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TDWI Upside - Where Data Means Business

Survey Says: Data Science Investment Can Pay Off Big Time

Companies that make use of data science are living the high life, reporting more revenue growth, company growth, bottom-line profits, and market-leading performance.

A new study from Forrester Research -- cosponsored by Data Science, a provider of a data science platform-as-a-service (PaaS) cloud offering -- concludes that companies using "insight-driven practices" that incorporate the results of data science research and development are twice as likely to be market leaders in their specific industries. Forrester dubs these firms "Insights Leaders." It calls their counterparts -- companies that aren't able to make effective use of data science R&D -- "Insights Laggards."

"In our survey, 99 percent of respondents indicated that data science is an important discipline for their firm to develop, and 74 percent believe data science is among the most important disciplines supporting the rising demand for insights," Forrester says in the report, "Data Science Platforms Help Companies Turn Data into Business Value."

"Insights Leaders already have an edge here as well -- most have a data science road map and have identified use cases for big data across the organization, compared with less than 30 percent of other firms."

Leaders Living the High Life

It's good to be an Insights Leader. For example, 80 percent of Insights Leaders reported revenue growth exceeding five percent. Nearly half (44 percent) say their company's growth is exceeding shareholders' expectations. The same percentage say their bottom-line profits also exceed expectations.

Nearly two-thirds (64 percent) say they lead their respective markets with "a higher share than any competitor across all products/services [they] offer." Insights Leaders also tend to be better performers across their organizations: 67 percent of department-level respondents say their respective departments are exceeding their goals for contributing value to the business.

Forrester's survey is based on an online sample of 208 "decision makers" in a range of data science or data engineering roles. It used a maturity framework (a questionnaire with a weighted scale) to identify Leaders, Laggards, and the largest proportion of the normal distribution, "The Pack."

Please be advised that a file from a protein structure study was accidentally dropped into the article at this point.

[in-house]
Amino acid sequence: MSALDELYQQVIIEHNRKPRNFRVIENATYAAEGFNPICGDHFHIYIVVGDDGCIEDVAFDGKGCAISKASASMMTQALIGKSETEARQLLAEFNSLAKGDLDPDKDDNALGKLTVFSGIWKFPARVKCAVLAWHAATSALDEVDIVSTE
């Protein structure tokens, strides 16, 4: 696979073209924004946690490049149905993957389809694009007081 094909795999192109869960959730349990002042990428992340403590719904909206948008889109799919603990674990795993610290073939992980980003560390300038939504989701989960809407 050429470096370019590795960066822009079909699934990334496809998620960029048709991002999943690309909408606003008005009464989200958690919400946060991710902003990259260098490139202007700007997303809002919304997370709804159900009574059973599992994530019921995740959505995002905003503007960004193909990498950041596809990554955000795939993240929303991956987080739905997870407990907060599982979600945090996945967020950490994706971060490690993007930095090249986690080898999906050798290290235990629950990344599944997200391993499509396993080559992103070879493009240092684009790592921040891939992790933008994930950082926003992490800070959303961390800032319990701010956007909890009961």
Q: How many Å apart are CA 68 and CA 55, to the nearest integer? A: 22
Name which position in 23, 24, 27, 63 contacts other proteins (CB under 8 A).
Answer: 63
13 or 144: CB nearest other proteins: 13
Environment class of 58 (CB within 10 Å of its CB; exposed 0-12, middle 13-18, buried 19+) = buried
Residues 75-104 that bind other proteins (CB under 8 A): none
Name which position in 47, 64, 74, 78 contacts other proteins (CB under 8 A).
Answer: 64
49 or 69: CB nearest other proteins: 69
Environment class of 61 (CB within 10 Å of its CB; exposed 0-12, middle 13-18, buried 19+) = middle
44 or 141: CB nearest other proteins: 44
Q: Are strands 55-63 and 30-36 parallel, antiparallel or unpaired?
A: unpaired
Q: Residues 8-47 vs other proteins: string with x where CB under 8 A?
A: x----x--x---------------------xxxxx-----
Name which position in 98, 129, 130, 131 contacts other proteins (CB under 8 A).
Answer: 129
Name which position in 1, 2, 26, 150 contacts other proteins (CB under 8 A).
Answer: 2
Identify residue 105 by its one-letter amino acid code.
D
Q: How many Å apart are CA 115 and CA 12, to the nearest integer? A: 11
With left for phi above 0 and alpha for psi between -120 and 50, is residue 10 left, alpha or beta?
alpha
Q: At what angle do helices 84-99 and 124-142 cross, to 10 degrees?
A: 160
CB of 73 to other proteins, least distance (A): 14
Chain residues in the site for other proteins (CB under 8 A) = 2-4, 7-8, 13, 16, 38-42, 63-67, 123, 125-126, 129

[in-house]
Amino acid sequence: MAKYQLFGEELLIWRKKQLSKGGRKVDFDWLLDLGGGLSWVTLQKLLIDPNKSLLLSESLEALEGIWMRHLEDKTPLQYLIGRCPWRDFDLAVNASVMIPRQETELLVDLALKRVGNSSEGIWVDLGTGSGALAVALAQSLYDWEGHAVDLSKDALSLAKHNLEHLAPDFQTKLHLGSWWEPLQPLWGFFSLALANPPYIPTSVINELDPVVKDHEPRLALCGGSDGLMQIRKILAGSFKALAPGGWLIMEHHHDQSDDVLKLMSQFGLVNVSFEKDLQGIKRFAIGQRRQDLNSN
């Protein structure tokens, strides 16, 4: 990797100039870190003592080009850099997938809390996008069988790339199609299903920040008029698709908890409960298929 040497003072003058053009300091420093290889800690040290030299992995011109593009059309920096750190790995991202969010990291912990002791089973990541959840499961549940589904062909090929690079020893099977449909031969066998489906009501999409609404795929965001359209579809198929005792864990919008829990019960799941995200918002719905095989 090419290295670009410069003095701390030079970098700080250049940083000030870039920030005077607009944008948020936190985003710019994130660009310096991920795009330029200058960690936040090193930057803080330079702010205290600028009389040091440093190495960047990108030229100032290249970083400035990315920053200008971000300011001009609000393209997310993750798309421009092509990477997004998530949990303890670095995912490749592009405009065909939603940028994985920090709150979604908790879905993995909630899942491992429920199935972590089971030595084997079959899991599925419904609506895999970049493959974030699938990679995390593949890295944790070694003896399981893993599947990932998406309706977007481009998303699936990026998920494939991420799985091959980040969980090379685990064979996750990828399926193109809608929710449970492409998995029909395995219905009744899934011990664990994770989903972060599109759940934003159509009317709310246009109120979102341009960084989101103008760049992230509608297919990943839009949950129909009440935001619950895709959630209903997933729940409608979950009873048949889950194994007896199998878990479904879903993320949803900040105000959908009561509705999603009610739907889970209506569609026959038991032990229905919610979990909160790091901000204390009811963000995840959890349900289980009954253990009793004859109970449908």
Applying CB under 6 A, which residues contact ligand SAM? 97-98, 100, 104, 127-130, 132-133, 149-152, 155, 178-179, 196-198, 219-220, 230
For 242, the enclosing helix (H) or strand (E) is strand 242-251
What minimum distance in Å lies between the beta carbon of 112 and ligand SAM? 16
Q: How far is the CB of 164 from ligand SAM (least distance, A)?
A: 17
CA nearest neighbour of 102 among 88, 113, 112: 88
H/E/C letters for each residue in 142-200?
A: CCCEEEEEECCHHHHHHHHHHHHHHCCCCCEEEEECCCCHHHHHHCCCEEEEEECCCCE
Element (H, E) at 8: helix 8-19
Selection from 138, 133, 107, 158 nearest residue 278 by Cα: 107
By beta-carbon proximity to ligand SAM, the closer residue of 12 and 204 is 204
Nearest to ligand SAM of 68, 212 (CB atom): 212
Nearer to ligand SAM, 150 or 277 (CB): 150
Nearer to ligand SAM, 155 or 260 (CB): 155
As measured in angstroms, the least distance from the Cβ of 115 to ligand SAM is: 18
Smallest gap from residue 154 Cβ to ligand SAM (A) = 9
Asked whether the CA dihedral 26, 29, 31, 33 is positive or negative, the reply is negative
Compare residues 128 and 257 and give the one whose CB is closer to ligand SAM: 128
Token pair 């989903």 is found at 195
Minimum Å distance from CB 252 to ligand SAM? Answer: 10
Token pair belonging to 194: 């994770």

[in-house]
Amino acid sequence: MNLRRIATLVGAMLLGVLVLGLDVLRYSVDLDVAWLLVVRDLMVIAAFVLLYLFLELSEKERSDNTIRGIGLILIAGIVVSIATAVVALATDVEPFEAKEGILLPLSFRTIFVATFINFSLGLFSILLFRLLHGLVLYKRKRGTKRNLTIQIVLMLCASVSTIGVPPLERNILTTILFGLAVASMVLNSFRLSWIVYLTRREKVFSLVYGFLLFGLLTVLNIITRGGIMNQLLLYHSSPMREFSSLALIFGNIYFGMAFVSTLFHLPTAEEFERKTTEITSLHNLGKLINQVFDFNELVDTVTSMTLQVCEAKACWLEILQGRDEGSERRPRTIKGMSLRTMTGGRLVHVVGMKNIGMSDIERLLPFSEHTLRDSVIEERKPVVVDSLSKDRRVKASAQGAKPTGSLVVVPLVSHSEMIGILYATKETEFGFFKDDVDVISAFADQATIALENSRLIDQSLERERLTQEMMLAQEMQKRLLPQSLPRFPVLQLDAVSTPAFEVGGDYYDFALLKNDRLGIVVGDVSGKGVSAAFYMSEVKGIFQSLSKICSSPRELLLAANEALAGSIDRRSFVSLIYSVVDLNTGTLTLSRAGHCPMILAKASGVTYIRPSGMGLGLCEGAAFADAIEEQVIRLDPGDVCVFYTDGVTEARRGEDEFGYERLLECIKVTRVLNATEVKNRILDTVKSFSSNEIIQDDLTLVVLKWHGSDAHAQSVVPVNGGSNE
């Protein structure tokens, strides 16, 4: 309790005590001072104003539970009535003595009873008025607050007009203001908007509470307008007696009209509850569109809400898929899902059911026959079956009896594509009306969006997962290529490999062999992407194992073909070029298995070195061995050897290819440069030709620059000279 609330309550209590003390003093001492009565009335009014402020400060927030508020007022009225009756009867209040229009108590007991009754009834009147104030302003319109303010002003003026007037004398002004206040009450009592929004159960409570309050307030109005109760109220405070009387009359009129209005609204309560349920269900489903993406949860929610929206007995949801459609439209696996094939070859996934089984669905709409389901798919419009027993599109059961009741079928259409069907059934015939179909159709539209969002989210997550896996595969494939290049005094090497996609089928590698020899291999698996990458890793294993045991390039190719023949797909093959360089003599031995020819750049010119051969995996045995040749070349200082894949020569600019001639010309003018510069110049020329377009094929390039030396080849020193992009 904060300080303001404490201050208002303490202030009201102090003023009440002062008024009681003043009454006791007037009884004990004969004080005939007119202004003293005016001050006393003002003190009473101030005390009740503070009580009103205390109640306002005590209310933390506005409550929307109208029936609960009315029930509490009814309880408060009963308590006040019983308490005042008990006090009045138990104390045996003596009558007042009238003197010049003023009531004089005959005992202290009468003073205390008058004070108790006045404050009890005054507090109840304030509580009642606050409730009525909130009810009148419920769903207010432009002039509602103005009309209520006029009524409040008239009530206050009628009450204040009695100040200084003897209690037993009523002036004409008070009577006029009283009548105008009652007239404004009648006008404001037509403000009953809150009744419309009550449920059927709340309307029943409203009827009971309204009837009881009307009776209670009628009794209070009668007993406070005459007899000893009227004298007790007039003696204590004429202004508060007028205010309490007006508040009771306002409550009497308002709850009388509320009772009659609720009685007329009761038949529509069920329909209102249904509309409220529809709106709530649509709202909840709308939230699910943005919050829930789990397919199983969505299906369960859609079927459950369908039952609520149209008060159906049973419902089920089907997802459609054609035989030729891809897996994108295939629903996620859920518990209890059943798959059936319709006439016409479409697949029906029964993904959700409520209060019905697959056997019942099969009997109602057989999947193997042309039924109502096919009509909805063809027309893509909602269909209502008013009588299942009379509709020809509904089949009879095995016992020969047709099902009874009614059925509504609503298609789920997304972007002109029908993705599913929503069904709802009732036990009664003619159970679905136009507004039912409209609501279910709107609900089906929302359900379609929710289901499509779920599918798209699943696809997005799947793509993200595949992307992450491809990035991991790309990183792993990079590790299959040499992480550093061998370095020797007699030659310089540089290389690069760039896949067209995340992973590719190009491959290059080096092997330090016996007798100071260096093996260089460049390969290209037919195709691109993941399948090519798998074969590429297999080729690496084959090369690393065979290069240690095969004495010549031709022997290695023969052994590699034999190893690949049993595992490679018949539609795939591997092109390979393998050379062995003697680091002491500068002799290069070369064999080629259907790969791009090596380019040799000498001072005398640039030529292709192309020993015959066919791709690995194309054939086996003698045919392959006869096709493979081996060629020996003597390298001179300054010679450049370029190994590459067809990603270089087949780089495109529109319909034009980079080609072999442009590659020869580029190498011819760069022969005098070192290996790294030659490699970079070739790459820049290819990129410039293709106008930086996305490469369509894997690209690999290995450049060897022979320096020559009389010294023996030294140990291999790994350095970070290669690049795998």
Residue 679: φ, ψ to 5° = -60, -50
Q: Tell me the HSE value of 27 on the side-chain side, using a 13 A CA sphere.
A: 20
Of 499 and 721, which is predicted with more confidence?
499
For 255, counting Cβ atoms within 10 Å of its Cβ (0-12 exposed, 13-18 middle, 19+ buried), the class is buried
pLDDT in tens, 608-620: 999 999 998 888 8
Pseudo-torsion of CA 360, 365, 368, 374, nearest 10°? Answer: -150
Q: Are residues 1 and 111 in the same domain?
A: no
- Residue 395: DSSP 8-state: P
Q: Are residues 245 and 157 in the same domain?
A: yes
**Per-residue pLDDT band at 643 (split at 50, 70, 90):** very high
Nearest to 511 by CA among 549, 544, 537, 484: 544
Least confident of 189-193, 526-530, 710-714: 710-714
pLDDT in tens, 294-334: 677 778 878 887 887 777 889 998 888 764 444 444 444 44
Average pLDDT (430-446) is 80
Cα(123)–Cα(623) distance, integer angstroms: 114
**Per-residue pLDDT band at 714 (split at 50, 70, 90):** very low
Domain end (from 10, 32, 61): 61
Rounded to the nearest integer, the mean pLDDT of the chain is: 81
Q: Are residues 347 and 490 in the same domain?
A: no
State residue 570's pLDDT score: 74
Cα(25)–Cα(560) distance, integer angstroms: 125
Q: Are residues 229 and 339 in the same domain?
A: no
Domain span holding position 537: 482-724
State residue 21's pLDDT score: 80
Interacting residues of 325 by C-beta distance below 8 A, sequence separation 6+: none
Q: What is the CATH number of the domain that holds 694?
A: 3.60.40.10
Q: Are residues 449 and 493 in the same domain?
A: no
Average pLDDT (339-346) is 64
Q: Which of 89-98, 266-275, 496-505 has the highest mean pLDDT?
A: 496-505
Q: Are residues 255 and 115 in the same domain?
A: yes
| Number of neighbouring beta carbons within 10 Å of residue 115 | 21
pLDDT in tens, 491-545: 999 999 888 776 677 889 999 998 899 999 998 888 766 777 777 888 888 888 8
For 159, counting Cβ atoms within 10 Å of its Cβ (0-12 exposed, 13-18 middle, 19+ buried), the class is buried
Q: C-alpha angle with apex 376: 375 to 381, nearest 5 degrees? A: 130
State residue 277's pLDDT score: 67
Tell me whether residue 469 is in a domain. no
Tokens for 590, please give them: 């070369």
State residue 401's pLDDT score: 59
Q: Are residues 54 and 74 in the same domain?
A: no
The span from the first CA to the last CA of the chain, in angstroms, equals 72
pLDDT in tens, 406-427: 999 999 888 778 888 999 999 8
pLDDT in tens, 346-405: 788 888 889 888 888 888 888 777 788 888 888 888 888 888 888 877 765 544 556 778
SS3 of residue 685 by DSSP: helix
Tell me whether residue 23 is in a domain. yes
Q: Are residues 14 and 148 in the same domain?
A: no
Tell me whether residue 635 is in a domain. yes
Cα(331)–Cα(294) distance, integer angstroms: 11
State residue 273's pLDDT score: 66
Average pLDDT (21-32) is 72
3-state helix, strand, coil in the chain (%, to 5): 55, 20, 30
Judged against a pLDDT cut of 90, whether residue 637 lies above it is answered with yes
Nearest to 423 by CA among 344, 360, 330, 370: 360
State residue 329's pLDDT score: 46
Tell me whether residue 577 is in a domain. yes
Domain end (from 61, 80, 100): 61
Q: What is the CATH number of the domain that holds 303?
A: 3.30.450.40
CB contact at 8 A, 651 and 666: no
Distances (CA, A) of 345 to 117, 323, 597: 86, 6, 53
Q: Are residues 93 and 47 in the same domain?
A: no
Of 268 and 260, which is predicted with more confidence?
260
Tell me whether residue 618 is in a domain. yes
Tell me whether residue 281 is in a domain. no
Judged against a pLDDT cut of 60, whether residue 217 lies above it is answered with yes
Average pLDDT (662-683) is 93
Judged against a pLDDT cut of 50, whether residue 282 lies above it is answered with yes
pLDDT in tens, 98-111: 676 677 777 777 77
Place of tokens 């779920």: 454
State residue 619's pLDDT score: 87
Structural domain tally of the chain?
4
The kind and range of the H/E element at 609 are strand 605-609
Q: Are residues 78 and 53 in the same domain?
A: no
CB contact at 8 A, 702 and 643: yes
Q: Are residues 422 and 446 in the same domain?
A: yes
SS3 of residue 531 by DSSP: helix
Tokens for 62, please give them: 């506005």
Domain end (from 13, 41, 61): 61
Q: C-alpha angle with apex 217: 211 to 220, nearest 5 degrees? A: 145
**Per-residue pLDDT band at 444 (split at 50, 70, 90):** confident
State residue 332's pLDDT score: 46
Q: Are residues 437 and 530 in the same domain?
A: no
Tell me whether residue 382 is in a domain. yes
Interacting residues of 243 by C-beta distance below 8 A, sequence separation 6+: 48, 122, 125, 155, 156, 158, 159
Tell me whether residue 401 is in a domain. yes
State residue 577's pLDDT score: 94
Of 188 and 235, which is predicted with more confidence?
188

Forrester's research found that Leaders tend to have much larger budgets for advanced analytics -- about two times as large, on average -- as Laggards. The average Leader spends $2.2 million annually on developing data science and other advanced analytics capabilities; the average Laggard, $1.1 million. Average-performing companies spend about $1.47 million.

Leaders Are Smaller, More Nimble

The Forrester/Data Science survey discovered something else, too: Insights Leaders tend, by and large, to be small companies. Slightly more than half (53 percent) of data science leaders have fewer than 5,000 employees, the survey found.

On the other hand, larger companies are more likely to lag behind: according to Forrester, only one-third of companies with 5,000 to 10,000 employees are Insights Leaders. The largest firms are the worst performers: just 13 percent of companies with 10,000 or more employees are Insights Leaders by Forrester's definition.

The Platform's the Thing

The survey was sponsored by Los Angeles-based Data Science Inc., a start-up that markets a PaaS data-science-in-the-cloud offering. Unsurprisingly, Forrester finds that most companies tend to use integrated data science platforms rather than a motley assortment of tools and technologies. It identifies the lack of integration between and among analytics technologies as a critical challenge.

According to Forrester, an overwhelming majority -- 88 percent -- of Insights Leaders say they plan to pursue a "platform approach" to building out their data science stacks. Among all firms, comparatively few (26 percent) currently use a single data science platform. This percentage is much higher (38 percent) among Insights Leaders.

"Respondents reported using more than half of the analytics tools we asked about ... from basic BI tools and relational databases to predictive analytics, streaming analytics, and NoSQL databases. Many also have plans to implement even more tools in the next year," the report indicates.

"However, 46 percent lack an integrated platform for using these tools harmoniously. The top technology and data challenges we found reflect this lack of an integrated approach."

The Forrester survey concludes by urging companies to adopt a platform-based approach to data science and advanced analytics: "Insights Leaders recognize their competitive advantage often comes from the speed at which they can quickly optimize insight applications. Platforms unify the tools data scientists need to develop and deploy these [applications]," the report explains.

"Thinking about your data science tools as a connected platform and taking steps toward integrating and unifying them is a strong step in the right direction for any firm."

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